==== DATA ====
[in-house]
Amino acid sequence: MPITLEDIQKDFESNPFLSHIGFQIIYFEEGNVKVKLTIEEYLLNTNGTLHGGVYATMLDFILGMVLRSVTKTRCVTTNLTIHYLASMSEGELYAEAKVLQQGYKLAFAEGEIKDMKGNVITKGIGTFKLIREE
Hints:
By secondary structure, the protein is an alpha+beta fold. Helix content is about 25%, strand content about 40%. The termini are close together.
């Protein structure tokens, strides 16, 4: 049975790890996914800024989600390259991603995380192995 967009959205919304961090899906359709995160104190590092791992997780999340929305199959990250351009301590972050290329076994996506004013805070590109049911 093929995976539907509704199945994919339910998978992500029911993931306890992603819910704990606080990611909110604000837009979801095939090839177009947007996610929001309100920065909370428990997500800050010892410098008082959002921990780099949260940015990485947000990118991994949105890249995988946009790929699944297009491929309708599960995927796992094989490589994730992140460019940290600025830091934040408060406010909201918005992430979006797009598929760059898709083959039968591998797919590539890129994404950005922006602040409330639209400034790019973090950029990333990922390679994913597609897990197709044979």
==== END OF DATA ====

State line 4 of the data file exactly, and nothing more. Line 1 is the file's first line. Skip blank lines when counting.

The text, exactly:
By secondary structure, the protein is an alpha+beta fold. Helix content is about 25%, strand content about 40%. The termini are close together.